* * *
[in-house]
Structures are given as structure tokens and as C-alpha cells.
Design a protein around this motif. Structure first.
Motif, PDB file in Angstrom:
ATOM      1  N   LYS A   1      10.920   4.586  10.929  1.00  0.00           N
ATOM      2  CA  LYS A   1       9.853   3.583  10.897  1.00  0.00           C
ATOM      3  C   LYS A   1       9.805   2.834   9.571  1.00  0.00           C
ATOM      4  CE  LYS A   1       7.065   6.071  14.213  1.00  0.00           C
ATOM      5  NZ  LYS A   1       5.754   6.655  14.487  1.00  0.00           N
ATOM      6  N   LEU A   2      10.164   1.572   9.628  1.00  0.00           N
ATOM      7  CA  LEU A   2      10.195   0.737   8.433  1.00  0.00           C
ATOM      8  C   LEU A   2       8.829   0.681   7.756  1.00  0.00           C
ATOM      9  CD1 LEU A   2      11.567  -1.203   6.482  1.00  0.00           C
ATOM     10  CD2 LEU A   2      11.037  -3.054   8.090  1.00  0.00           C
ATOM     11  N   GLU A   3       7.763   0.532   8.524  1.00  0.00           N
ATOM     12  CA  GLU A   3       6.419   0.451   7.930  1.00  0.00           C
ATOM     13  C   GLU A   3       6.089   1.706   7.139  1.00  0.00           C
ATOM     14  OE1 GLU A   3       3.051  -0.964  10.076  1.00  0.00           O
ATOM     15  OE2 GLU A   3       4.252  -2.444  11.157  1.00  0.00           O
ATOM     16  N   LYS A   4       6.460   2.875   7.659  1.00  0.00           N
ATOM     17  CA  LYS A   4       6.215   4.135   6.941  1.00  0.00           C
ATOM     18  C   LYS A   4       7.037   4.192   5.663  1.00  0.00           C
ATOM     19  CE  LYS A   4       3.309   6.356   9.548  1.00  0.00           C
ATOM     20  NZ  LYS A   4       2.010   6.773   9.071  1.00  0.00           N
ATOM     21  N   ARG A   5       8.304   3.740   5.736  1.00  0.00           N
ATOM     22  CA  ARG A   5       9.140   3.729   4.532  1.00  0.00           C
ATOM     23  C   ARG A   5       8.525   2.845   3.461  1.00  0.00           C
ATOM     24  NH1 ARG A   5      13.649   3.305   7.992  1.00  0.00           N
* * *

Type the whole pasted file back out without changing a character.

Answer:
[in-house]
Structures are given as structure tokens and as C-alpha cells.
Design a protein around this motif. Structure first.
Motif, PDB file in Angstrom:
ATOM      1  N   LYS A   1      10.920   4.586  10.929  1.00  0.00           N
ATOM      2  CA  LYS A   1       9.853   3.583  10.897  1.00  0.00           C
ATOM      3  C   LYS A   1       9.805   2.834   9.571  1.00  0.00           C
ATOM      4  CE  LYS A   1       7.065   6.071  14.213  1.00  0.00           C
ATOM      5  NZ  LYS A   1       5.754   6.655  14.487  1.00  0.00           N
ATOM      6  N   LEU A   2      10.164   1.572   9.628  1.00  0.00           N
ATOM      7  CA  LEU A   2      10.195   0.737   8.433  1.00  0.00           C
ATOM      8  C   LEU A   2       8.829   0.681   7.756  1.00  0.00           C
ATOM      9  CD1 LEU A   2      11.567  -1.203   6.482  1.00  0.00           C
ATOM     10  CD2 LEU A   2      11.037  -3.054   8.090  1.00  0.00           C
ATOM     11  N   GLU A   3       7.763   0.532   8.524  1.00  0.00           N
ATOM     12  CA  GLU A   3       6.419   0.451   7.930  1.00  0.00           C
ATOM     13  C   GLU A   3       6.089   1.706   7.139  1.00  0.00           C
ATOM     14  OE1 GLU A   3       3.051  -0.964  10.076  1.00  0.00           O
ATOM     15  OE2 GLU A   3       4.252  -2.444  11.157  1.00  0.00           O
ATOM     16  N   LYS A   4       6.460   2.875   7.659  1.00  0.00           N
ATOM     17  CA  LYS A   4       6.215   4.135   6.941  1.00  0.00           C
ATOM     18  C   LYS A   4       7.037   4.192   5.663  1.00  0.00           C
ATOM     19  CE  LYS A   4       3.309   6.356   9.548  1.00  0.00           C
ATOM     20  NZ  LYS A   4       2.010   6.773   9.071  1.00  0.00           N
ATOM     21  N   ARG A   5       8.304   3.740   5.736  1.00  0.00           N
ATOM     22  CA  ARG A   5       9.140   3.729   4.532  1.00  0.00           C
ATOM     23  C   ARG A   5       8.525   2.845   3.461  1.00  0.00           C
ATOM     24  NH1 ARG A   5      13.649   3.305   7.992  1.00  0.00           N